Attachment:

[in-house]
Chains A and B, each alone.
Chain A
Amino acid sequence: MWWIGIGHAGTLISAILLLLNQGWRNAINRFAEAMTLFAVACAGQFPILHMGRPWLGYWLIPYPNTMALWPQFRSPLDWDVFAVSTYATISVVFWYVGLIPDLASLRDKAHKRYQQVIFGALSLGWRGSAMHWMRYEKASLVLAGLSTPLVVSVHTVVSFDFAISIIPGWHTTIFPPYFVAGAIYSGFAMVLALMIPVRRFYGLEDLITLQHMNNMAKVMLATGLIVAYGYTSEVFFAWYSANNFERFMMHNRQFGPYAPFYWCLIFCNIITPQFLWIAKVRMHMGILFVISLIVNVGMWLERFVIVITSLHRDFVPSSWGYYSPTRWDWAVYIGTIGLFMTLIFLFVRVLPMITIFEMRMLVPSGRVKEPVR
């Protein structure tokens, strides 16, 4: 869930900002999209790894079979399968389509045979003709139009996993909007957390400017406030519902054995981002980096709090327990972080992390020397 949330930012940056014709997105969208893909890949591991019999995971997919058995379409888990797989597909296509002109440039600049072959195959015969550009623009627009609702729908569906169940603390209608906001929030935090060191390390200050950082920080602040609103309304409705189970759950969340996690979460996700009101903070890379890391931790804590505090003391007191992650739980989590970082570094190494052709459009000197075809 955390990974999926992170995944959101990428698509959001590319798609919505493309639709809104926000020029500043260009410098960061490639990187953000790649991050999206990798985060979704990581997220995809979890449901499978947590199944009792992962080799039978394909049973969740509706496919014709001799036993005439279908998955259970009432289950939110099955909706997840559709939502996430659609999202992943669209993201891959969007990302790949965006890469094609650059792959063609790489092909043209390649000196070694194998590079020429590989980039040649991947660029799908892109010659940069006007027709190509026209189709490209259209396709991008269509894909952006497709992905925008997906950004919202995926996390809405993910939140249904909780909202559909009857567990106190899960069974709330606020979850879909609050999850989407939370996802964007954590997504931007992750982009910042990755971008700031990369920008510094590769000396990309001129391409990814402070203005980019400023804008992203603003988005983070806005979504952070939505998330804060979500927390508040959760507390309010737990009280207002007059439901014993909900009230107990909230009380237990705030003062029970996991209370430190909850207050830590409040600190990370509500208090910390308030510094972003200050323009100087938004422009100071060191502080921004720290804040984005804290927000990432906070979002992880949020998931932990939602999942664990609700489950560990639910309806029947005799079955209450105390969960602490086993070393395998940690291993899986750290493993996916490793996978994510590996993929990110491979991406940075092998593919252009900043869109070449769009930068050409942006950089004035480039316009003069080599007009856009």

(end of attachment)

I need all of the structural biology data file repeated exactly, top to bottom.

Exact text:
[in-house]
Chains A and B, each alone.
Chain A
Amino acid sequence: MWWIGIGHAGTLISAILLLLNQGWRNAINRFAEAMTLFAVACAGQFPILHMGRPWLGYWLIPYPNTMALWPQFRSPLDWDVFAVSTYATISVVFWYVGLIPDLASLRDKAHKRYQQVIFGALSLGWRGSAMHWMRYEKASLVLAGLSTPLVVSVHTVVSFDFAISIIPGWHTTIFPPYFVAGAIYSGFAMVLALMIPVRRFYGLEDLITLQHMNNMAKVMLATGLIVAYGYTSEVFFAWYSANNFERFMMHNRQFGPYAPFYWCLIFCNIITPQFLWIAKVRMHMGILFVISLIVNVGMWLERFVIVITSLHRDFVPSSWGYYSPTRWDWAVYIGTIGLFMTLIFLFVRVLPMITIFEMRMLVPSGRVKEPVR
């Protein structure tokens, strides 16, 4: 869930900002999209790894079979399968389509045979003709139009996993909007957390400017406030519902054995981002980096709090327990972080992390020397 949330930012940056014709997105969208893909890949591991019999995971997919058995379409888990797989597909296509002109440039600049072959195959015969550009623009627009609702729908569906169940603390209608906001929030935090060191390390200050950082920080602040609103309304409705189970759950969340996690979460996700009101903070890379890391931790804590505090003391007191992650739980989590970082570094190494052709459009000197075809 955390990974999926992170995944959101990428698509959001590319798609919505493309639709809104926000020029500043260009410098960061490639990187953000790649991050999206990798985060979704990581997220995809979890449901499978947590199944009792992962080799039978394909049973969740509706496919014709001799036993005439279908998955259970009432289950939110099955909706997840559709939502996430659609999202992943669209993201891959969007990302790949965006890469094609650059792959063609790489092909043209390649000196070694194998590079020429590989980039040649991947660029799908892109010659940069006007027709190509026209189709490209259209396709991008269509894909952006497709992905925008997906950004919202995926996390809405993910939140249904909780909202559909009857567990106190899960069974709330606020979850879909609050999850989407939370996802964007954590997504931007992750982009910042990755971008700031990369920008510094590769000396990309001129391409990814402070203005980019400023804008992203603003988005983070806005979504952070939505998330804060979500927390508040959760507390309010737990009280207002007059439901014993909900009230107990909230009380237990705030003062029970996991209370430190909850207050830590409040600190990370509500208090910390308030510094972003200050323009100087938004422009100071060191502080921004720290804040984005804290927000990432906070979002992880949020998931932990939602999942664990609700489950560990639910309806029947005799079955209450105390969960602490086993070393395998940690291993899986750290493993996916490793996978994510590996993929990110491979991406940075092998593919252009900043869109070449769009930068050409942006950089004035480039316009003069080599007009856009």